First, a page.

D&O Policy Affords No Coverage for Officer's Personal Contractual Obligation
A Washington appellate court has held that a D&O policy did not provide coverage for losses incurred by an officer in his or her personal capacity and that a guaranty executed by a corporate officer that secured the corporation's debt was not executed in the officer's official capacity. Sauter v. Houston Cas. Co., 2012 WL 1699447 (Wash. Ct. App. May 14, 2012). The appellate court also concluded that amounts paid in satisfaction of that contractual obligation did not constitute “Loss” as defined by the D&O policy.
An insurer issued a D&O liability policy to a corporation. The corporation received a loan from a bank, and the corporation's CEO signed the loan agreement in his official capacity on behalf of the corporation. Pursuant to a requirement in the loan agreement, the CEO also executed a guaranty of the loan, which was secured by seven deeds of trust on real property that the CEO owned jointly with his spouse. The corporation failed to repay the loan, and the bank demanded payment in full on the CEO's guaranty. The CEO in turn demanded indemnification from the corporation. Although the corporation's members agreed that the corporation should indemnify the CEO, the corporation was insolvent. The corporation then tendered the bank's demand on the guaranty to the insurer.
The D&O policy afforded coverage for Loss resulting from a Claim against Insured Persons for a Wrongful Act. The policy defined “Wrongful Act,” in relevant part, as “any actual or alleged act, misstatement, error, omission, misleading statement, neglect, breach of duty or act by . . . any of the Insured Persons, while acting in their capacity as . . . such on behalf of the Insured Organization.” The definition of “Loss” carved out “matters deemed uninsurable under the law pursuant to which this Policy shall be construed.” The insurer denied coverage and argued that that no act by the CEO constituted a “Wrongful Act” and that the CEO suffered no “Loss.” In the ensuing coverage litigation, the trial court granted summary judgment in favor of the insurer.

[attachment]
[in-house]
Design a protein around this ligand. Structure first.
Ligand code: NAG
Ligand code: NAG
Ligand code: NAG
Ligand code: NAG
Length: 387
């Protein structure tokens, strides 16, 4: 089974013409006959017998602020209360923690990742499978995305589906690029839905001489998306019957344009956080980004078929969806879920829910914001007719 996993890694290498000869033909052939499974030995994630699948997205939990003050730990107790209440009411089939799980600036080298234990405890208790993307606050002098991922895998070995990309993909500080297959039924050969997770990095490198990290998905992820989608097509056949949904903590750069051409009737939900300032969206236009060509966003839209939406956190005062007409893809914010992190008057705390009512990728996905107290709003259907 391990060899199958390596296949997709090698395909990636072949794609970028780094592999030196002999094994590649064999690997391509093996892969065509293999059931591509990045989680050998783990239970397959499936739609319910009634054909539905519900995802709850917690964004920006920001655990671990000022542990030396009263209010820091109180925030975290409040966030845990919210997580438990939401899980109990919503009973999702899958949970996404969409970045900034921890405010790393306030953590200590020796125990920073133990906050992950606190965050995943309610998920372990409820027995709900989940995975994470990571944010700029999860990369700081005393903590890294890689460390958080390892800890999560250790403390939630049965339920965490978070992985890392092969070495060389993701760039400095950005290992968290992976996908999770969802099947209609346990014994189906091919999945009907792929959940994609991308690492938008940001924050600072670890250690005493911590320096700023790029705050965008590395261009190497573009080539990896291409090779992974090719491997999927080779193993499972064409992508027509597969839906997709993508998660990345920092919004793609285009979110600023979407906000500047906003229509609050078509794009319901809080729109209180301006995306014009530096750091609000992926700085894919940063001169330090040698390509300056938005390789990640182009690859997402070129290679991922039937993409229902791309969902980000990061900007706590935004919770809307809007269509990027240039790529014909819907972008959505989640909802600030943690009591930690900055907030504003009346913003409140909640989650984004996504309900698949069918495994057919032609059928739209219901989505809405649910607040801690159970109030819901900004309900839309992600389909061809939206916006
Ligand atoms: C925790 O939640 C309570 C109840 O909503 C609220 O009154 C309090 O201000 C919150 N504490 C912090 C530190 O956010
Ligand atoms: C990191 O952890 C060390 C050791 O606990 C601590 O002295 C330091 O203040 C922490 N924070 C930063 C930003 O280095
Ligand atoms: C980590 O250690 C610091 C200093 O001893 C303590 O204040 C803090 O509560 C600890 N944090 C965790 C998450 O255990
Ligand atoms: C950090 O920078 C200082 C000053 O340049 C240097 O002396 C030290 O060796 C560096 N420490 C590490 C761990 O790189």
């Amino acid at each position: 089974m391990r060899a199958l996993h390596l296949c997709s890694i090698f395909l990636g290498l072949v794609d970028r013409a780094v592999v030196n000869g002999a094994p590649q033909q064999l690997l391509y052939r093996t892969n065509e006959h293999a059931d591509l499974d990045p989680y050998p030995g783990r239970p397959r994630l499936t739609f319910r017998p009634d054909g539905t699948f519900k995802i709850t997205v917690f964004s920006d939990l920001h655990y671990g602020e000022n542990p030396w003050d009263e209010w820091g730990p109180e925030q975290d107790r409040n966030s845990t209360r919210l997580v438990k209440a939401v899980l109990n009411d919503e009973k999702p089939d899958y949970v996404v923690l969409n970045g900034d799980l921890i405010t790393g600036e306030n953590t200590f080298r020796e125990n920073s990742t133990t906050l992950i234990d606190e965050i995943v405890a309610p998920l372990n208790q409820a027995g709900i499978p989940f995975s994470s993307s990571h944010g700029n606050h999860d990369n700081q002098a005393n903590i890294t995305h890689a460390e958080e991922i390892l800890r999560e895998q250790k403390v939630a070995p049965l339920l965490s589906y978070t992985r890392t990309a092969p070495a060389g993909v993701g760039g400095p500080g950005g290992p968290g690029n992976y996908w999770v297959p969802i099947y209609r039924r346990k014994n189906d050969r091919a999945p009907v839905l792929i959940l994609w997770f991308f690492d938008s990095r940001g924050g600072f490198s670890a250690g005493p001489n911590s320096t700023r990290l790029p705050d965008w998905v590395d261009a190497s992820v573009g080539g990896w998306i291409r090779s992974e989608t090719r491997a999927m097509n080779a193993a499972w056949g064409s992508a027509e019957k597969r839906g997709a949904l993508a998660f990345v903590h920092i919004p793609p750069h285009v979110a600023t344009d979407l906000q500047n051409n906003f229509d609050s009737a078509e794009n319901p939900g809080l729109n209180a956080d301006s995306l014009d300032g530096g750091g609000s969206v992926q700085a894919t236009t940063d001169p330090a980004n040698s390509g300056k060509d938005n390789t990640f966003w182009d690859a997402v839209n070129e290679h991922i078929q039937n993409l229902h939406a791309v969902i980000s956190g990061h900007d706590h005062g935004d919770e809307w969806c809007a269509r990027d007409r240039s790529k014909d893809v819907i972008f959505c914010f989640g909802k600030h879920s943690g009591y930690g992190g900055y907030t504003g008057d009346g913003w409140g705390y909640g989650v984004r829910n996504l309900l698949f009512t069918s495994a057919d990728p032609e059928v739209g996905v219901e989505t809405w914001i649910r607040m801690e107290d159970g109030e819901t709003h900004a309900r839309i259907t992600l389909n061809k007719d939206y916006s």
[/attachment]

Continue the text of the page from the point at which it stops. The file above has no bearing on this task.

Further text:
On appeal, the court examined the definitions of “Wrongful Act” and “Insured Person” and concluded that no coverage would be available unless the CEO's purported loss resulted from a claim made against him for an act that he committed “while acting in [his] capacity as [CEO] on behalf of” the corporation. The court then determined that the CEO was acting in his personal capacity when he executed (and later defaulted on) the guaranty, citing the facts that his signature on the guaranty did not note his position at the corporation, in contrast to his signature on the loan agreement, and that the guaranty was secured by the CEO's personal real estate. The court also reasoned that “the very nature of the guaranty indicates that [the CEO] was acting in his personal capacity in executing the guaranty” because, as a matter of law, “an entity cannot be a guarantor of its own obligations.” Accordingly, the appellate court concluded that the Claim did not allege a “Wrongful Act” by the CEO, and the policy afforded no coverage.
The insurer also argued on appeal that “the repayment of a loan does not constitute a ‘Loss' and that . . . liability insurance is not intended to insure against such an obligation.” The court observed that Washington courts had not previously addressed whether satisfaction of a voluntary contractual obligation constituted insurable “Loss.” The court concluded that it need not look beyond the policy language, however, to decide whether the amounts sought by the CEO were covered “Loss.” The court focused on the insuring agreement requirement that the Loss result from a Claim for a Wrongful Act. The court explained that, in this case, the CEO incurred the obligation to pay the corporation's debt by executing the guaranty and that his obligation was not the result of a Claim, or the bank's demand on the guaranty.
The court therefore affirmed summary judgment in favor of the insurer.